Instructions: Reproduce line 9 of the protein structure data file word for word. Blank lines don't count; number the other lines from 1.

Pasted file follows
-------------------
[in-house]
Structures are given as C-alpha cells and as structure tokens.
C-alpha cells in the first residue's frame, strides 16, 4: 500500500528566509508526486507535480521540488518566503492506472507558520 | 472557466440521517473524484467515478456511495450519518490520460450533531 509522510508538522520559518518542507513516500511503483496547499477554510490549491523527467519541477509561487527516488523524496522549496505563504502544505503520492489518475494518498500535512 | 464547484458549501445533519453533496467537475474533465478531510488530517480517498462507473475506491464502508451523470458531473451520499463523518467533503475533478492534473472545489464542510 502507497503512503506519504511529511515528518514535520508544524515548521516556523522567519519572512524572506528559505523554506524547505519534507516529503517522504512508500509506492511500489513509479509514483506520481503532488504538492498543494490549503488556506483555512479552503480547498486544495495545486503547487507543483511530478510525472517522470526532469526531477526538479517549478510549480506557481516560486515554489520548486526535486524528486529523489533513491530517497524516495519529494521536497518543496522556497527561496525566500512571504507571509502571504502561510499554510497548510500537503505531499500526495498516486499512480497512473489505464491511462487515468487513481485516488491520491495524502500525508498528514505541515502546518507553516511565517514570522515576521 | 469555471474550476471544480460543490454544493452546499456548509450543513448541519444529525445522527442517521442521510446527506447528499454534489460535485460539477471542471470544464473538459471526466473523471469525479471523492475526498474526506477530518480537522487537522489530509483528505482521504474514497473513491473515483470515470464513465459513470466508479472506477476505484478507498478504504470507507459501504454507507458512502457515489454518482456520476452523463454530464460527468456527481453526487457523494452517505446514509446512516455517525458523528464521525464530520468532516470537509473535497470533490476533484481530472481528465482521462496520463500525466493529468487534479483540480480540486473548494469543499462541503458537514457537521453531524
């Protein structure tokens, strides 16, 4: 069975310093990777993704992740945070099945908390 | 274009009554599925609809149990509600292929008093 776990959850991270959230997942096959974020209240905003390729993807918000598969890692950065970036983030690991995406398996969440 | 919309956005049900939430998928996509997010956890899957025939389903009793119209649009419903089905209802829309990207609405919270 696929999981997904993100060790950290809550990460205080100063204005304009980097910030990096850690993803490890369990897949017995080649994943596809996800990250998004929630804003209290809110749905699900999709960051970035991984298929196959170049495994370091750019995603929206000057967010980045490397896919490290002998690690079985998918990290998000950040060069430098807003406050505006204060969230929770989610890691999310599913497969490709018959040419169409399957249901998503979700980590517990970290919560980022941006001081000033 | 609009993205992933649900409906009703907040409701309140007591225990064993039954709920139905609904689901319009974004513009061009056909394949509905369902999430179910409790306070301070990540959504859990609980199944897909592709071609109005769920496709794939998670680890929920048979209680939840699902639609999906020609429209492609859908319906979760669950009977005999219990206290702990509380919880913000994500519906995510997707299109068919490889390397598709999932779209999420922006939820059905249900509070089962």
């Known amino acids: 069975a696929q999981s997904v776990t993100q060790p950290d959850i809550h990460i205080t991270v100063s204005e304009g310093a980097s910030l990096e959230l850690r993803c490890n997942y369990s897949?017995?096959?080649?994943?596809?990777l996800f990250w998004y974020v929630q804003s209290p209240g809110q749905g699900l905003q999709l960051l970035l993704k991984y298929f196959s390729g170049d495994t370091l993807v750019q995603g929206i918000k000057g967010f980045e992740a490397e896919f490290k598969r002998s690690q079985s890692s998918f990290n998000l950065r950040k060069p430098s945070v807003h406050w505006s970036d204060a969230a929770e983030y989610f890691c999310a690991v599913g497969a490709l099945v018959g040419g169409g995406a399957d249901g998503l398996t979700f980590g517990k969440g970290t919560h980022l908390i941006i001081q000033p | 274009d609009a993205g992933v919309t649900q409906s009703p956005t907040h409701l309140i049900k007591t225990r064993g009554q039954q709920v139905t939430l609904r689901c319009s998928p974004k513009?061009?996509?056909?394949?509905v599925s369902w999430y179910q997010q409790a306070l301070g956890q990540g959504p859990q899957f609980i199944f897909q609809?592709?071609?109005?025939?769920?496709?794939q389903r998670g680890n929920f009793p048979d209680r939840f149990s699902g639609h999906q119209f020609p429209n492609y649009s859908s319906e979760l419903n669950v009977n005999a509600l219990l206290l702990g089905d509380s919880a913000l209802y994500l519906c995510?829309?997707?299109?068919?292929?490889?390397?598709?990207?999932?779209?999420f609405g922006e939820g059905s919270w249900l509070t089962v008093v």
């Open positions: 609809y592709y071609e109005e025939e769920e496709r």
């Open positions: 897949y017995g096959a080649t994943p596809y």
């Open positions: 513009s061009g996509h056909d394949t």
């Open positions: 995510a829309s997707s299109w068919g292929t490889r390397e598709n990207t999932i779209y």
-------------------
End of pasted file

């Open positions: 995510a829309s997707s299109w068919g292929t490889r390397e598709n990207t999932i779209y």